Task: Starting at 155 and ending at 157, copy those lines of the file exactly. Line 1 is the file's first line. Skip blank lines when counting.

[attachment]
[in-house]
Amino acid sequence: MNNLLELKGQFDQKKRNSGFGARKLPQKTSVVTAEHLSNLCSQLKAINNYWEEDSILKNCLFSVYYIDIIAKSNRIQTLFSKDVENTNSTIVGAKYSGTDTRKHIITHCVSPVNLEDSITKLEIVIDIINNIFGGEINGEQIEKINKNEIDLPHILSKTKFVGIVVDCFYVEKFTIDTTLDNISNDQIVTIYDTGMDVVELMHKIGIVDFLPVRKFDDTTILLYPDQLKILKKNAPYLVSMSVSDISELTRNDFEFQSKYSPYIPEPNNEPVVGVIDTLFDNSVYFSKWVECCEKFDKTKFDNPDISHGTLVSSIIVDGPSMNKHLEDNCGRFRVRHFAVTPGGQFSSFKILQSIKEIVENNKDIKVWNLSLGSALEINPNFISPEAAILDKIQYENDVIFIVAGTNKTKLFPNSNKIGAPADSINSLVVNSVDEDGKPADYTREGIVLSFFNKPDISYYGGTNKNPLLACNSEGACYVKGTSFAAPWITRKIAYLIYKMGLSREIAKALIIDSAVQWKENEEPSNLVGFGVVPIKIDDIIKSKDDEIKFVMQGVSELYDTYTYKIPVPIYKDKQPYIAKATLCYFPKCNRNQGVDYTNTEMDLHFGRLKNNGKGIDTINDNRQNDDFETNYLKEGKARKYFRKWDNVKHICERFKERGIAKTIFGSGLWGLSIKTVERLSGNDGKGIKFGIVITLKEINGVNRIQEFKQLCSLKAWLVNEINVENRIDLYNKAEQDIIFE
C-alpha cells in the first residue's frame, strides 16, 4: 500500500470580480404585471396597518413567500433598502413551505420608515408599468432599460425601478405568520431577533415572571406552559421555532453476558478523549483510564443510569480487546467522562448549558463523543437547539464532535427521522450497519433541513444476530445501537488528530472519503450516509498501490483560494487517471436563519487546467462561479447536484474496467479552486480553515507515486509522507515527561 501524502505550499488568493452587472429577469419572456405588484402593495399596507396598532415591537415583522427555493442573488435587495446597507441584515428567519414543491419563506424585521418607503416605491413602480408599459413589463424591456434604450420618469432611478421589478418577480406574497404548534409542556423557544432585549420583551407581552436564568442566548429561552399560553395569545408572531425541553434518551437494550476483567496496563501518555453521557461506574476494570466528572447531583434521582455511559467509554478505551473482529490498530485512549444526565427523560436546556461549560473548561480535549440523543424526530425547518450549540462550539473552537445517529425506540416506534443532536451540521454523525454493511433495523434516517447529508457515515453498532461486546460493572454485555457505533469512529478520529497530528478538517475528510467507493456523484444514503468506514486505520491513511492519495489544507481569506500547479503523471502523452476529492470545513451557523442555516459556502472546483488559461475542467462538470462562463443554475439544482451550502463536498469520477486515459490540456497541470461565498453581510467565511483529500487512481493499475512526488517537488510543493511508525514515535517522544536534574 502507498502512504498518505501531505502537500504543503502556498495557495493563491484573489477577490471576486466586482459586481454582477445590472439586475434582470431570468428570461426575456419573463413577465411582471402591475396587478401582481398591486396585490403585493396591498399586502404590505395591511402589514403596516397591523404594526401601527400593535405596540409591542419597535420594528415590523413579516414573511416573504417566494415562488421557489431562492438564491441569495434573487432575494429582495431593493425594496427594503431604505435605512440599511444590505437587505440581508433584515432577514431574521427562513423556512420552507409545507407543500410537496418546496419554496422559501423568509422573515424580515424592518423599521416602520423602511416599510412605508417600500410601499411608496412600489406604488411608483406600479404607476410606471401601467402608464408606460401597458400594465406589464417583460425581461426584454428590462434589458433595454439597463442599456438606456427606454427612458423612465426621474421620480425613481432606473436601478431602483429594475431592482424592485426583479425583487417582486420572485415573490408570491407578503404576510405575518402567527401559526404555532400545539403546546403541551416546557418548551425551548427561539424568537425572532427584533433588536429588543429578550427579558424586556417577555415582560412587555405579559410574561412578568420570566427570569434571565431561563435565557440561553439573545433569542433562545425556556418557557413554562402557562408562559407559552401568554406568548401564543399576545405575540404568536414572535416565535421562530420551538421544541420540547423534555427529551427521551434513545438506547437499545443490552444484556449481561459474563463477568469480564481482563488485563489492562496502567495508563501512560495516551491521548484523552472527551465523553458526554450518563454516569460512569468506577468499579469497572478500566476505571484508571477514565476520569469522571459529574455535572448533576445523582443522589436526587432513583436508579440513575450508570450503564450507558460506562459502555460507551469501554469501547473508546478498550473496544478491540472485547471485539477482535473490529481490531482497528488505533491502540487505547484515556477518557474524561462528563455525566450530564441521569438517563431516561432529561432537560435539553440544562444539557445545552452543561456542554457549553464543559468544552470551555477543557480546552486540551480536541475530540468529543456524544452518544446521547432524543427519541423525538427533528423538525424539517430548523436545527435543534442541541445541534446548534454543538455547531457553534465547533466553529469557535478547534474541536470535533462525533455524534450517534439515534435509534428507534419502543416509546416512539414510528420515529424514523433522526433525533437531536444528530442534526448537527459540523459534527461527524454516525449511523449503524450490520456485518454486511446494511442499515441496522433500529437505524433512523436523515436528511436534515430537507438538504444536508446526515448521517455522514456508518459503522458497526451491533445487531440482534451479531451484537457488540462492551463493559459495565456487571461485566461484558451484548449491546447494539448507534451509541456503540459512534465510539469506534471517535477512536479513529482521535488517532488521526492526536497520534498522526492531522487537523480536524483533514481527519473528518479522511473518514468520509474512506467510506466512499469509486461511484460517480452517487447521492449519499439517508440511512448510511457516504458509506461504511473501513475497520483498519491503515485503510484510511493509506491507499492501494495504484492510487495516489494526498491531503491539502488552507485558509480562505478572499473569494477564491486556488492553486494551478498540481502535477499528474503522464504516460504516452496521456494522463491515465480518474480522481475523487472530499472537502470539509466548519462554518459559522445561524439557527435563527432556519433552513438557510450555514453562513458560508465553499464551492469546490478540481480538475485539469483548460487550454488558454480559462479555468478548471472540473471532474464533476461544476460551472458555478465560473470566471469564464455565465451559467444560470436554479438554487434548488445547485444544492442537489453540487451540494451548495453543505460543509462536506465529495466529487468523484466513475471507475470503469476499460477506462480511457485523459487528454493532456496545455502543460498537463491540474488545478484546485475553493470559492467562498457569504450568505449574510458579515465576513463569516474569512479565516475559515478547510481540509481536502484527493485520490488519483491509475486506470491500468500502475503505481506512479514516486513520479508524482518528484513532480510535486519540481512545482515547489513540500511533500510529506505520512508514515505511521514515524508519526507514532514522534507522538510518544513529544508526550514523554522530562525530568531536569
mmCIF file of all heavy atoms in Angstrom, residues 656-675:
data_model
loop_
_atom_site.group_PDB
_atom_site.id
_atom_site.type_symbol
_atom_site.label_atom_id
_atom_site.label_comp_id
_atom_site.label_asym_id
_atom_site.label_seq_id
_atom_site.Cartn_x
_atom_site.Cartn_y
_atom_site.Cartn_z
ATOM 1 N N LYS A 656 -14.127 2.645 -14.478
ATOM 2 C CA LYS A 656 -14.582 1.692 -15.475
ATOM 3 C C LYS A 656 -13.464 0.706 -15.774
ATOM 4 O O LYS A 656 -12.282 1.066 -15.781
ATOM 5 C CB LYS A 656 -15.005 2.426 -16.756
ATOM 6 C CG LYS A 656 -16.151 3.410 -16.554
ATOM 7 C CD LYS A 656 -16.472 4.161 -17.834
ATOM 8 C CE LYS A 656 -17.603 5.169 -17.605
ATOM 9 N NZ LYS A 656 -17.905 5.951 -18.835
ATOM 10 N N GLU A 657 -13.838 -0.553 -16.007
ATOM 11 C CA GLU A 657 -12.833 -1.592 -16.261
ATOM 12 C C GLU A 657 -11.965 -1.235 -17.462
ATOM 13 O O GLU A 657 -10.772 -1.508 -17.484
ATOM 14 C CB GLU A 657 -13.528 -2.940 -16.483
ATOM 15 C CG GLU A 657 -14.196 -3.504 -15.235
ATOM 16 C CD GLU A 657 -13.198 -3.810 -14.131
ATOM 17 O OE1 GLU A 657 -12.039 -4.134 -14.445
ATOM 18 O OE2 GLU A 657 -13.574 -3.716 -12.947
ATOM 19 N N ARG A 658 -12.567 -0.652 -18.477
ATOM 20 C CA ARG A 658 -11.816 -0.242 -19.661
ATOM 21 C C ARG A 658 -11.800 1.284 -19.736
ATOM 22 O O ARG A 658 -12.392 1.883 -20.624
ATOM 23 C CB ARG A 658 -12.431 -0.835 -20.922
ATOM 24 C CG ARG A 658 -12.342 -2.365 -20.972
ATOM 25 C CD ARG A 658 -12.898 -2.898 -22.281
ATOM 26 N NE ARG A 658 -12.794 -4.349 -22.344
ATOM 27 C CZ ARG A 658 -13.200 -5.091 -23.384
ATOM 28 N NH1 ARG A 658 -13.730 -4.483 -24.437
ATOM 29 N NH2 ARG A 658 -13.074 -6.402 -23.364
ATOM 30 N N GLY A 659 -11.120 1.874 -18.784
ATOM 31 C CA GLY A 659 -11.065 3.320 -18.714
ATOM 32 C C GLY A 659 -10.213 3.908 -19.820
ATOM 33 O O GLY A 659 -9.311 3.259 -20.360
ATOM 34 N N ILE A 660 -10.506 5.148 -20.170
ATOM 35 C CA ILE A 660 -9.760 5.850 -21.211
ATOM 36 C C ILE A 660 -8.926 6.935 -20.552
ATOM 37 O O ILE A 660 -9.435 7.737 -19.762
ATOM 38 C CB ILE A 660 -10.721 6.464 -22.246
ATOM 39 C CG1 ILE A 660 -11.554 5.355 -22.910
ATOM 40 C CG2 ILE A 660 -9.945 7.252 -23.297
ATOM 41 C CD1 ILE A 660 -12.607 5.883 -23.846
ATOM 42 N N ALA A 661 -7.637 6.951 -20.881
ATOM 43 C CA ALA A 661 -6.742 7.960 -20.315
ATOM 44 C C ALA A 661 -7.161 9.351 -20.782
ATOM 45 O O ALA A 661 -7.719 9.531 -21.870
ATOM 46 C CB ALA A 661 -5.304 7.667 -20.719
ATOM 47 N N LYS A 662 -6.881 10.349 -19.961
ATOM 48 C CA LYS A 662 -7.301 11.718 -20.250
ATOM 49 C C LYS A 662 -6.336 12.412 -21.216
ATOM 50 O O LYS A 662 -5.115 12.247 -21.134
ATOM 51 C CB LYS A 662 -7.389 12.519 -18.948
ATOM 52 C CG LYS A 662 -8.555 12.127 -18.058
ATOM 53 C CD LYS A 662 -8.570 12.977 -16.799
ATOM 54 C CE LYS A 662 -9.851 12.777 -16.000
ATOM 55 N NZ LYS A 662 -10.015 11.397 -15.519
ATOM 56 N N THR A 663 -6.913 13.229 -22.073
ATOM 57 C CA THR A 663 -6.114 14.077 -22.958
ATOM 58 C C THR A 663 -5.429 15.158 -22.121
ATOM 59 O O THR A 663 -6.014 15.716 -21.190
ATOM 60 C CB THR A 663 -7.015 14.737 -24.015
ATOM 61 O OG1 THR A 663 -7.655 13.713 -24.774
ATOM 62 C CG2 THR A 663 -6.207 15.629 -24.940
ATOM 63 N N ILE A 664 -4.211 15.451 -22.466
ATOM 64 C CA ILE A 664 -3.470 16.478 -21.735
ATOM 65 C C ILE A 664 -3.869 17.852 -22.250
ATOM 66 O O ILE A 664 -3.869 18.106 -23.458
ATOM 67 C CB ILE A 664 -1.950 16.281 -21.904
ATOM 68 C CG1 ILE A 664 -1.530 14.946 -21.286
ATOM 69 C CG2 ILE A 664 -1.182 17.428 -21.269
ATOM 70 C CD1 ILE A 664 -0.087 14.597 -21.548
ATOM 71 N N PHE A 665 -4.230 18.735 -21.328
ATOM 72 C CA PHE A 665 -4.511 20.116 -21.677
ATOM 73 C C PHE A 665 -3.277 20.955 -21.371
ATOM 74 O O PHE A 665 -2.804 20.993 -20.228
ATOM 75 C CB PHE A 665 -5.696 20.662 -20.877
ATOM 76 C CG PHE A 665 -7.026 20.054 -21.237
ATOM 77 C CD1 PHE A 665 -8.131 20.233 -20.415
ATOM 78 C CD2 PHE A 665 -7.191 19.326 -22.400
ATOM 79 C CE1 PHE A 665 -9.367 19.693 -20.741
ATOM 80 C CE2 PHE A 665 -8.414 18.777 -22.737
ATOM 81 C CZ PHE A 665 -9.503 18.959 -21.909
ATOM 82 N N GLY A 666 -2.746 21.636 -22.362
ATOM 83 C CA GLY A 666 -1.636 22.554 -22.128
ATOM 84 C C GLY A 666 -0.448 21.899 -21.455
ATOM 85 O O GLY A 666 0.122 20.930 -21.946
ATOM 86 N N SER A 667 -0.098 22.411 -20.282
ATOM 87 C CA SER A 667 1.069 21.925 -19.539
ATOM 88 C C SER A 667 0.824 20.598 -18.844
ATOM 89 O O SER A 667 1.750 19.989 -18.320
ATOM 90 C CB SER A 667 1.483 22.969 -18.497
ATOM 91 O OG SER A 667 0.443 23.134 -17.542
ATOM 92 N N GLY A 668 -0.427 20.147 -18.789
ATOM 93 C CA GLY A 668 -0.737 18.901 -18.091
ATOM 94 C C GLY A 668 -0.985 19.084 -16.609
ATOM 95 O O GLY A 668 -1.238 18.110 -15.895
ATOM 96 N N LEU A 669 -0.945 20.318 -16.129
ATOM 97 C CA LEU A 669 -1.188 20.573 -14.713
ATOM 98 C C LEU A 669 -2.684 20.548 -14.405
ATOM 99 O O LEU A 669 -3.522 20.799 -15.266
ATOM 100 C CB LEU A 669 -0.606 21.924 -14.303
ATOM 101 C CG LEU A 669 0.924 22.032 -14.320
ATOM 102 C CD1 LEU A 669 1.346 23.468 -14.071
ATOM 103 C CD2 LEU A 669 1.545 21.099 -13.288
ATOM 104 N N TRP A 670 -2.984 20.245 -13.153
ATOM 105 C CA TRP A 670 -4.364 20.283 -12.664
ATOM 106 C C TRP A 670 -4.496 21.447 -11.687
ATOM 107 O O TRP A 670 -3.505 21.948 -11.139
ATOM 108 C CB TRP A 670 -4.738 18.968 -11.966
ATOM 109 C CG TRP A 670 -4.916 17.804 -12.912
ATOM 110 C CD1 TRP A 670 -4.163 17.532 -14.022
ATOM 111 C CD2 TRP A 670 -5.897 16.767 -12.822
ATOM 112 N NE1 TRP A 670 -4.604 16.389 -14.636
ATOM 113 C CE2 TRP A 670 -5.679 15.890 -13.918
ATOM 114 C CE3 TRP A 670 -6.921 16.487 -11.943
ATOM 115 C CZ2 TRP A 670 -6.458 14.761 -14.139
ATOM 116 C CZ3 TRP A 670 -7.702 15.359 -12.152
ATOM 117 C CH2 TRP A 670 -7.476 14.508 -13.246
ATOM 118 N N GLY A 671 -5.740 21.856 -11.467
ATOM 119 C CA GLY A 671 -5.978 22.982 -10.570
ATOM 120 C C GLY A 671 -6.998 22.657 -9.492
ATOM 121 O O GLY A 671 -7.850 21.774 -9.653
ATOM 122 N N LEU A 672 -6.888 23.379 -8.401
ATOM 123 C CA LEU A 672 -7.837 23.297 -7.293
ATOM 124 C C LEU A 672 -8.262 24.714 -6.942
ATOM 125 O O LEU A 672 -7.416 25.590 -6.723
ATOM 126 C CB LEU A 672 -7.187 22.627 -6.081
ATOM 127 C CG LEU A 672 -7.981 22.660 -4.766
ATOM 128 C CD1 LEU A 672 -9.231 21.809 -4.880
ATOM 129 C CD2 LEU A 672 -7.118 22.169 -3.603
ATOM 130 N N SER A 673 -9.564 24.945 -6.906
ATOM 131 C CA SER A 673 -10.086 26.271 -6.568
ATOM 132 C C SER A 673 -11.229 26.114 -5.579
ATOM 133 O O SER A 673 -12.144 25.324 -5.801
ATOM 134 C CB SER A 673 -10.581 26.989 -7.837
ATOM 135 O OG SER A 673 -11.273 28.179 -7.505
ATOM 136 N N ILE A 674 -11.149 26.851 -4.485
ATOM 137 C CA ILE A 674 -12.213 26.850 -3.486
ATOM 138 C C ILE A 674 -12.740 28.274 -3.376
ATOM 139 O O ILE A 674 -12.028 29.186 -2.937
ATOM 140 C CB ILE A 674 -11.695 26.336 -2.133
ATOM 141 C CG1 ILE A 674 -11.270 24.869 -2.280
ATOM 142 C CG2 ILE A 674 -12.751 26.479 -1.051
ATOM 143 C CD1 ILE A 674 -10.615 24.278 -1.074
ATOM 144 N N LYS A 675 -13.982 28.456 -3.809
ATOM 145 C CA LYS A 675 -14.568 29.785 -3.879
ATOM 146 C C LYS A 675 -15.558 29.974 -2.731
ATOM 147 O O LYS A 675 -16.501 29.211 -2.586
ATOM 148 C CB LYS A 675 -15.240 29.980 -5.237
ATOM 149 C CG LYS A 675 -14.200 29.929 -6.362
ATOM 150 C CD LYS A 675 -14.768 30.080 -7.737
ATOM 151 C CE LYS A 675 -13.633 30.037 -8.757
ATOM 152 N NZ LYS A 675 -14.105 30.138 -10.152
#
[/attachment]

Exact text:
ATOM 139 O O ILE A 674 -12.028 29.186 -2.937
ATOM 140 C CB ILE A 674 -11.695 26.336 -2.133
ATOM 141 C CG1 ILE A 674 -11.270 24.869 -2.280